Briefly, for the given irreducible root system $\Delta$ one first fixes a positive system, with $\rho$ the half-sum of positive roots and $\theta$ the highest root having normalized inner product $(\theta, \theta) =2$. Following Kac, the dual Coxeter number is defined by $h^\vee = (\rho,\theta)+1$. (Standard arguments show that for simply-laced types this agrees with the usual Coxeter number $h$.) Now a positive root $\alpha$ is called special if $\theta-\alpha \in \Delta$. Then (Lemma 2) the number of special roots is $2(h^\vee -2)$. Each defines an ordered triple $(-\theta, \alpha, \theta-\alpha)$ summing to 0.

The lemma (combined with $h = h^\vee$ for simply-laced $\Delta$) provides another approach to the question here: All roots have length equal to that of $\theta$ and are conjugate under the Weyl group ($\Delta$ being irreducible), so each root plays the role of $\theta$ for some positive system. But the number of roots is $rh$ as noted already and thus the total number of sets $\{\alpha,\beta,\gamma\}$ summing to 0 is $2(h-2)rh/6 = rh(h-2)/3$ because $6$ ordered triples yield just one such set. .

While only the simply-laced root systems seem to have physical significance here, I wonder whether Wang's formulation in terms of $h^\vee$ has further combinatorial implications. (He used it to compute the dimension of the minimal nilpotent orbit in an associated simple Lie algebra: namely, $2h^\vee -2$.)

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Thank you very much! It's such an honor to have your response! – Yuji Tachikawa May 29 '11 at 2:27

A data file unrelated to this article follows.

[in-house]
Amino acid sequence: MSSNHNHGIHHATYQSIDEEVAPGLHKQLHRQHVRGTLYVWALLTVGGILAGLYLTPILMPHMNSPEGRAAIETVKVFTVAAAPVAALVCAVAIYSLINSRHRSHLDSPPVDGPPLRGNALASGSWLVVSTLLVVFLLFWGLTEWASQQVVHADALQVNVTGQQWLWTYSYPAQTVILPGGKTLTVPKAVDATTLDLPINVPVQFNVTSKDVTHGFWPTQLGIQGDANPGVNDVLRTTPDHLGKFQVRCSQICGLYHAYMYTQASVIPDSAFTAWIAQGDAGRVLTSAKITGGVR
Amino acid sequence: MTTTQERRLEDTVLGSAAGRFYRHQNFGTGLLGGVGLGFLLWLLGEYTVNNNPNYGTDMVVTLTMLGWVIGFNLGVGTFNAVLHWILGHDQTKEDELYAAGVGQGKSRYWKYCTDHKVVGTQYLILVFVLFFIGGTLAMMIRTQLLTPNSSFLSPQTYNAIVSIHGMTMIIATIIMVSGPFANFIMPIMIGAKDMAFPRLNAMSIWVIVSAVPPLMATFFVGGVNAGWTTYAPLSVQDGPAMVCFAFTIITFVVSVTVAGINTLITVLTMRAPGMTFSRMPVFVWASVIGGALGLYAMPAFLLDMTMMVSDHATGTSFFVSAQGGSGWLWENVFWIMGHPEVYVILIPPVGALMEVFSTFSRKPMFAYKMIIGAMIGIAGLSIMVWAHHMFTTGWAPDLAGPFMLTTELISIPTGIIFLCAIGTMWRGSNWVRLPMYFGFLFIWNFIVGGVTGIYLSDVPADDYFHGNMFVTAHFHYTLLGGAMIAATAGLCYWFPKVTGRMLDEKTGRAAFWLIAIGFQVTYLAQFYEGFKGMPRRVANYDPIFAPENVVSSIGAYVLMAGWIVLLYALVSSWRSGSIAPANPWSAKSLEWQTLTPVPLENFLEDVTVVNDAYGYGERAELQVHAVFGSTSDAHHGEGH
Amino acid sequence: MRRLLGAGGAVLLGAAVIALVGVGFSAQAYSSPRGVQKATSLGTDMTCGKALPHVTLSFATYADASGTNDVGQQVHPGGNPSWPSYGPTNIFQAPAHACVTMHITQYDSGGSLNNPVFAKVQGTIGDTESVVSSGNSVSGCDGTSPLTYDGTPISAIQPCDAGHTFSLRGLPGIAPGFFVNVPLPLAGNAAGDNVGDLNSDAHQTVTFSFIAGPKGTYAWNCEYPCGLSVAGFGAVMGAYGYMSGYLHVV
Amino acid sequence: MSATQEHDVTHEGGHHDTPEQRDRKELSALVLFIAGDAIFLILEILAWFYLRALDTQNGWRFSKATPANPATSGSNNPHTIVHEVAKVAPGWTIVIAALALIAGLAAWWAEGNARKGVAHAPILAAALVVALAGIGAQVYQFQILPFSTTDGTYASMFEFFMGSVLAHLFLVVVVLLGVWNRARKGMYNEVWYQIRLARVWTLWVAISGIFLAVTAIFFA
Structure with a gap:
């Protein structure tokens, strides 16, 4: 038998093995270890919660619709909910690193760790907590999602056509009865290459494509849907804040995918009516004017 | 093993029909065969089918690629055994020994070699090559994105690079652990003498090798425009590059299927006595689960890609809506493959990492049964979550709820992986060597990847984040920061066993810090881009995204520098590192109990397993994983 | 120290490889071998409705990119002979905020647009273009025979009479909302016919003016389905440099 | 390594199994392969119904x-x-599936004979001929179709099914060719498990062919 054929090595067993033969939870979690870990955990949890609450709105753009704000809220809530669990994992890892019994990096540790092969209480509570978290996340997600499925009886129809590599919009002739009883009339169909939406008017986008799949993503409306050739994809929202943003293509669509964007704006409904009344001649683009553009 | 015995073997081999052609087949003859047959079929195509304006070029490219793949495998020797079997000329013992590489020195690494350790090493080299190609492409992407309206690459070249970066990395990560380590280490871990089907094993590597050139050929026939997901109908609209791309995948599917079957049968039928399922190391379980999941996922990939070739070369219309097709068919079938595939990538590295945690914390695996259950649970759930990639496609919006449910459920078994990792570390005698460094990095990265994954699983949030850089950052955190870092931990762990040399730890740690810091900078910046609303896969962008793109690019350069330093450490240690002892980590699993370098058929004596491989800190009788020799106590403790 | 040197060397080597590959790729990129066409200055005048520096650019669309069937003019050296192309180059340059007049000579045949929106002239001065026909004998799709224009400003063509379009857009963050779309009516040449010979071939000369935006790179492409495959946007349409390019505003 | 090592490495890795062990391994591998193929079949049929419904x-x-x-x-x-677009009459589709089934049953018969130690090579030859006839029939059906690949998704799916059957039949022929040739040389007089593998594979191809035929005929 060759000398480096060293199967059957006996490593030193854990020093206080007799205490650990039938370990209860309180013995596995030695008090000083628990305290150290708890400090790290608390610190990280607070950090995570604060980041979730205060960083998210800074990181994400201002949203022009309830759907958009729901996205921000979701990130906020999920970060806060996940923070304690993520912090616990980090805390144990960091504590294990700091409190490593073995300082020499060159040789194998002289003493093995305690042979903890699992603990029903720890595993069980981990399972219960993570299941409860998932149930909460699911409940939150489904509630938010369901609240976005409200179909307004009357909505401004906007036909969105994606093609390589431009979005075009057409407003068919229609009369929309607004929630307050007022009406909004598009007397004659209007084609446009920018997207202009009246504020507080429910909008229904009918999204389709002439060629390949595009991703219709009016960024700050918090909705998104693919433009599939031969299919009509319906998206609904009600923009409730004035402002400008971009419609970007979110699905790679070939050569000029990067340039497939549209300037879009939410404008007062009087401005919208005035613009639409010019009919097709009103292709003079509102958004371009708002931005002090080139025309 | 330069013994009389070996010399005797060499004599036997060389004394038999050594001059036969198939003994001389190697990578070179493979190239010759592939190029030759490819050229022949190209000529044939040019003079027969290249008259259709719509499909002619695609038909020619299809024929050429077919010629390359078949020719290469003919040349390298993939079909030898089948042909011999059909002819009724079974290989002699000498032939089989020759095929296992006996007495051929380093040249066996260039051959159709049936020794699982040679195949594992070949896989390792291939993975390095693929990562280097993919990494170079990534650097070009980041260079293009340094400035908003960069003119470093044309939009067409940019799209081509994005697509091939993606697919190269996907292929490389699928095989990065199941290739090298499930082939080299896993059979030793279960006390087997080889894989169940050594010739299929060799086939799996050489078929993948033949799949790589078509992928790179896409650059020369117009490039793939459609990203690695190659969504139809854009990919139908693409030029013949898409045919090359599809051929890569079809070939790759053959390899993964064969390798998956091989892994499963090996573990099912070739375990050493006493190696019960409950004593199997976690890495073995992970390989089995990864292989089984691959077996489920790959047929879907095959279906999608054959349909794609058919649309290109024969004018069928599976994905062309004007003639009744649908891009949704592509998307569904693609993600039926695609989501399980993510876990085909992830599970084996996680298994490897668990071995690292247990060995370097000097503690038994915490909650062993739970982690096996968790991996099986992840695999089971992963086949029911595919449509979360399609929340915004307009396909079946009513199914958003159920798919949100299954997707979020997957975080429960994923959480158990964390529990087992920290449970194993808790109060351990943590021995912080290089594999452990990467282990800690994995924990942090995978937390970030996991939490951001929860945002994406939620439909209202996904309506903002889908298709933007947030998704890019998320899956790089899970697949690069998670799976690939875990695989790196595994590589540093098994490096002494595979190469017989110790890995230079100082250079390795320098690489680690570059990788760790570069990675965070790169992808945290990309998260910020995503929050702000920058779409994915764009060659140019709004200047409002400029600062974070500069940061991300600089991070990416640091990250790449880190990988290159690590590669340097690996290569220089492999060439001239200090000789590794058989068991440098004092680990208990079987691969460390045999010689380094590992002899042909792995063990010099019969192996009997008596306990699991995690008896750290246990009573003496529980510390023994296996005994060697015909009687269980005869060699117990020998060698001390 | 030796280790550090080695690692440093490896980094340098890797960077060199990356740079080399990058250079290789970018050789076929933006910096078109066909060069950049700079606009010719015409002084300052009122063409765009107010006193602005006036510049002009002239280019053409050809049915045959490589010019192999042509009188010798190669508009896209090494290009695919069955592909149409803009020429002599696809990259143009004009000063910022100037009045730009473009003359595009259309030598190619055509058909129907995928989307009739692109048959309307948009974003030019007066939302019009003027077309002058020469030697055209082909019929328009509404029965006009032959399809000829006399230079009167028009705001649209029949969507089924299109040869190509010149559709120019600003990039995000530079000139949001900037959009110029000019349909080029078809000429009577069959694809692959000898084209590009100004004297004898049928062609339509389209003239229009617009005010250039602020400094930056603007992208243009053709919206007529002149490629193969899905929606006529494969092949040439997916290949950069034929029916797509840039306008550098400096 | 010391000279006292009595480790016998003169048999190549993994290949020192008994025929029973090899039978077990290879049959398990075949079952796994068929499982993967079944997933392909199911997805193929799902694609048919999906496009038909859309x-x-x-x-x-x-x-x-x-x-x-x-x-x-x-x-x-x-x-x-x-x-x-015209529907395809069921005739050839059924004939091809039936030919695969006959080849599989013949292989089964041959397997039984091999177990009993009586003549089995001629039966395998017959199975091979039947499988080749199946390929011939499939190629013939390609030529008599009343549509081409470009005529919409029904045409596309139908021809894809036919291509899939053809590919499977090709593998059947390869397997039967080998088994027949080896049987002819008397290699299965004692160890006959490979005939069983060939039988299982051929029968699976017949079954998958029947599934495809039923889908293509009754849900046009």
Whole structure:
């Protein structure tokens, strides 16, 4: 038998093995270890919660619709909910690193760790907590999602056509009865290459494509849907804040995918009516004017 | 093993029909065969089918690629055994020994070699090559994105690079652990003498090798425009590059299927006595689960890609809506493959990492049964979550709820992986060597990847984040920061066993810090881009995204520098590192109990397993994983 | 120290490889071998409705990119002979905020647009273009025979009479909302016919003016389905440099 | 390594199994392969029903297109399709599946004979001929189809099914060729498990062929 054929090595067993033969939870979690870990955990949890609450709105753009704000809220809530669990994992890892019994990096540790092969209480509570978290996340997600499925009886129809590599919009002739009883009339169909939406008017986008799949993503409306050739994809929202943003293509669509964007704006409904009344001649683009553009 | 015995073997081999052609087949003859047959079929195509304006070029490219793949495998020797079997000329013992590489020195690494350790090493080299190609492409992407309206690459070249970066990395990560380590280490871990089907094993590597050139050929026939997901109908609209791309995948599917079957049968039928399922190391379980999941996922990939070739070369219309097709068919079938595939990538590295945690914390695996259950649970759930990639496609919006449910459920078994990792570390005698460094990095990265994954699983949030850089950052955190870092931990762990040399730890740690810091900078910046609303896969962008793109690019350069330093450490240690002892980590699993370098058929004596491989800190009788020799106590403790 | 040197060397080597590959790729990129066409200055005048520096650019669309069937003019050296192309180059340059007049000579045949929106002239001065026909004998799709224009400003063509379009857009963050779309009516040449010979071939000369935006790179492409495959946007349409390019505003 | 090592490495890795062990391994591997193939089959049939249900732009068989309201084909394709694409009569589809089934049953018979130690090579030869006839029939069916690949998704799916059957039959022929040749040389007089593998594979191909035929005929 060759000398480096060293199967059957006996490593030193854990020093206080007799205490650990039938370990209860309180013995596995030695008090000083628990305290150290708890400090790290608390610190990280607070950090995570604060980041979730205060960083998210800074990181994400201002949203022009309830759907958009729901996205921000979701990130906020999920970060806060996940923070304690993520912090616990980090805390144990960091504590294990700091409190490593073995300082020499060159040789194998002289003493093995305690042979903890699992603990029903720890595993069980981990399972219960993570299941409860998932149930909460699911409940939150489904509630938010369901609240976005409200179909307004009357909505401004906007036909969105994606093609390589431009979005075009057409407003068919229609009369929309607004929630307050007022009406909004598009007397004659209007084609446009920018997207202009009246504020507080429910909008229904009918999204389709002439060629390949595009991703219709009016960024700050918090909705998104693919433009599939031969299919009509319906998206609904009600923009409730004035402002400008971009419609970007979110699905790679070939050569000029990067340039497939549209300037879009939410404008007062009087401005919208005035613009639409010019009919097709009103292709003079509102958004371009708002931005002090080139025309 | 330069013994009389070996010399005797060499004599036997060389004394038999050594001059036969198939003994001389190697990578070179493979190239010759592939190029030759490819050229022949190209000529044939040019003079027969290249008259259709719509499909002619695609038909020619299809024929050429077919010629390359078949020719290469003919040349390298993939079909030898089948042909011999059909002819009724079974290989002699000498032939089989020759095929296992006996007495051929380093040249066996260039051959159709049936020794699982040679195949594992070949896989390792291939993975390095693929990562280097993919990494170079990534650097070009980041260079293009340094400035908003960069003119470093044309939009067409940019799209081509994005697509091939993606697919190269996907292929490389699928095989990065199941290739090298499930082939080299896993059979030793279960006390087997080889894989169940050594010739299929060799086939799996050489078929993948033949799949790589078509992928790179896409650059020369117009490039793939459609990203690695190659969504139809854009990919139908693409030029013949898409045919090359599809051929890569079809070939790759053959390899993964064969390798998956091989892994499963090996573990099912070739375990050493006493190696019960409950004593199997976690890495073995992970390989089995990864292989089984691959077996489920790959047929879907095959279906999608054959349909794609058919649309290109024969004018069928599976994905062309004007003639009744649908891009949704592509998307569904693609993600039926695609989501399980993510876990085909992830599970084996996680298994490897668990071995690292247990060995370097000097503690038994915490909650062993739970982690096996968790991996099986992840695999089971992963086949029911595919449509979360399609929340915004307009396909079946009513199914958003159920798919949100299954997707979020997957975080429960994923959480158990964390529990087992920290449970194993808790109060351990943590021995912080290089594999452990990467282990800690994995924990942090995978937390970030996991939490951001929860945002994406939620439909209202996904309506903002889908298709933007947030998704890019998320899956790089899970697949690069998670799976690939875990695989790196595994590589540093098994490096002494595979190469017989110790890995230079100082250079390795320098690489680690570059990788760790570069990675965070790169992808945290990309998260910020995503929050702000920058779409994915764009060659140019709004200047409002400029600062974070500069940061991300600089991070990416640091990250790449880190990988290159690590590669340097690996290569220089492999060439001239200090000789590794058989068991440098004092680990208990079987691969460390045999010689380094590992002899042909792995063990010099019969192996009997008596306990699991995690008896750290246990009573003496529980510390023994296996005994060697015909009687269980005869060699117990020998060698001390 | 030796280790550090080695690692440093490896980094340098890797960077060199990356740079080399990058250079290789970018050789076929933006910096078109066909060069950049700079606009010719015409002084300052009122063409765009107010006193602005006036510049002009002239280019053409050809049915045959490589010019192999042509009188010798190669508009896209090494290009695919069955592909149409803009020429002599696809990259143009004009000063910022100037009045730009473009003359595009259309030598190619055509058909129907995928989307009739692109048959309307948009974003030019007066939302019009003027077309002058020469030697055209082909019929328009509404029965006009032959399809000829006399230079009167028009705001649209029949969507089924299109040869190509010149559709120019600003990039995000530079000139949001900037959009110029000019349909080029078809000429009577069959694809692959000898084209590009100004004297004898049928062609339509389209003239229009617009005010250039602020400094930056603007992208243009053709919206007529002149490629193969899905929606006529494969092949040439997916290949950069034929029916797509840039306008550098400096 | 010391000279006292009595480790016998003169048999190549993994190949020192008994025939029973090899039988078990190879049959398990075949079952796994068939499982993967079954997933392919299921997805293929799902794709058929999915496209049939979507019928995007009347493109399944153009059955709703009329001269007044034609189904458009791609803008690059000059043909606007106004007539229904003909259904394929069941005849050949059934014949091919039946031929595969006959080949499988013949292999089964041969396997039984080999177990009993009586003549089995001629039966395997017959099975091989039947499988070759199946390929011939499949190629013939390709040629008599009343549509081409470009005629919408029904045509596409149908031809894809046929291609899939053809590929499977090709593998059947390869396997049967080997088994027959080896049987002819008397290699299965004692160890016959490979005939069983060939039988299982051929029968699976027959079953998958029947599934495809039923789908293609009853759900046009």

Can heights (ht) of special roots take all values in $\{1,2,\ldots, \rm{ht}(\theta)\}$? In other words, is it true that for every level of height, there exists at least one special root? I don't even know yet for simply-laced root systems. – user Nov 6 at 16:32
@user: I'm not sure what comes out of the theory about this, but you can find explicit lists of positive roots (by height) for most of the irreducible exceptional types at the end of Springer's 1966 IHES paper: id=PMIHES_1966__30__115_0 (presumably you could check other cases using Bourbaki's descriptions of root systems) – Jim Humphreys Nov 6 at 19:42

There is another approach by the strange formula of Freudenthal and de Vries, which states that $h^\vee d = 12 \rho^2$ where the Weyl vector $\rho$ is one half of the sum of positive roots. The long roots have the length square two. Thus $$\frac13 h^\vee d = \sum_{\alpha>0} \alpha^2+ \sum_{\alpha,\beta>0,\alpha\neq\beta}\alpha\cdot\beta $$ For simple-laced group, the first term of RHS is the number of roots $hr=d-r$, and the second term of RHS should be $rh(h-2)/3$. For the non-simple-laced case, there may be still some interesting interpretation of the above decomposition.